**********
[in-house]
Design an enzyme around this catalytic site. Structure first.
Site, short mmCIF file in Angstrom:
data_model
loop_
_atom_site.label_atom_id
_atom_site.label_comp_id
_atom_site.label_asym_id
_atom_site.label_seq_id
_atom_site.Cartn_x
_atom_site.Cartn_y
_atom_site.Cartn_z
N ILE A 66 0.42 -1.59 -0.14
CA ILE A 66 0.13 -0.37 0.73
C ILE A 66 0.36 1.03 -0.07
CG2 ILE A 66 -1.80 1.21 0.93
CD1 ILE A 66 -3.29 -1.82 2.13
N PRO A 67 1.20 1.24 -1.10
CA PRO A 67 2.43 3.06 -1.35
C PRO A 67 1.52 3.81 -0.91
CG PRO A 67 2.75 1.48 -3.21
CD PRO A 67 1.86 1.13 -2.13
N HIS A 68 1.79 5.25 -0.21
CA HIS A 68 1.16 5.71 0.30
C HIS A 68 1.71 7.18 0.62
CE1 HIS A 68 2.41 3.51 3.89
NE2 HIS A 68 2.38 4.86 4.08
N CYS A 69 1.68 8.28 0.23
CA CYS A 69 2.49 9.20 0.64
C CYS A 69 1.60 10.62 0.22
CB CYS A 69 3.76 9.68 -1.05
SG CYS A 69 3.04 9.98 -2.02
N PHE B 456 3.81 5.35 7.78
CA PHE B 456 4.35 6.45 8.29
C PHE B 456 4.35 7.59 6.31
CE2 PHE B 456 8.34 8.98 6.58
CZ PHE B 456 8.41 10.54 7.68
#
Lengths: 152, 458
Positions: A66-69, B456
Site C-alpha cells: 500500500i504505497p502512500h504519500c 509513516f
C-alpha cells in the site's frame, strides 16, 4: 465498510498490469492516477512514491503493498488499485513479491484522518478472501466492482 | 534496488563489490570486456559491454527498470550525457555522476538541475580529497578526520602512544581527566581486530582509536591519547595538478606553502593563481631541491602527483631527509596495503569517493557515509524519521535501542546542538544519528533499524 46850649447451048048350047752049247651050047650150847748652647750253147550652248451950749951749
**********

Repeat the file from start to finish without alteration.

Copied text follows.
[in-house]
Design an enzyme around this catalytic site. Structure first.
Site, short mmCIF file in Angstrom:
data_model
loop_
_atom_site.label_atom_id
_atom_site.label_comp_id
_atom_site.label_asym_id
_atom_site.label_seq_id
_atom_site.Cartn_x
_atom_site.Cartn_y
_atom_site.Cartn_z
N ILE A 66 0.42 -1.59 -0.14
CA ILE A 66 0.13 -0.37 0.73
C ILE A 66 0.36 1.03 -0.07
CG2 ILE A 66 -1.80 1.21 0.93
CD1 ILE A 66 -3.29 -1.82 2.13
N PRO A 67 1.20 1.24 -1.10
CA PRO A 67 2.43 3.06 -1.35
C PRO A 67 1.52 3.81 -0.91
CG PRO A 67 2.75 1.48 -3.21
CD PRO A 67 1.86 1.13 -2.13
N HIS A 68 1.79 5.25 -0.21
CA HIS A 68 1.16 5.71 0.30
C HIS A 68 1.71 7.18 0.62
CE1 HIS A 68 2.41 3.51 3.89
NE2 HIS A 68 2.38 4.86 4.08
N CYS A 69 1.68 8.28 0.23
CA CYS A 69 2.49 9.20 0.64
C CYS A 69 1.60 10.62 0.22
CB CYS A 69 3.76 9.68 -1.05
SG CYS A 69 3.04 9.98 -2.02
N PHE B 456 3.81 5.35 7.78
CA PHE B 456 4.35 6.45 8.29
C PHE B 456 4.35 7.59 6.31
CE2 PHE B 456 8.34 8.98 6.58
CZ PHE B 456 8.41 10.54 7.68
#
Lengths: 152, 458
Positions: A66-69, B456
Site C-alpha cells: 500500500i504505497p502512500h504519500c 509513516f
C-alpha cells in the site's frame, strides 16, 4: 465498510498490469492516477512514491503493498488499485513479491484522518478472501466492482 | 534496488563489490570486456559491454527498470550525457555522476538541475580529497578526520602512544581527566581486530582509536591519547595538478606553502593563481631541491602527483631527509596495503569517493557515509524519521535501542546542538544519528533499524 46850649447451048048350047752049247651050047650150847748652647750253147550652248451950749951749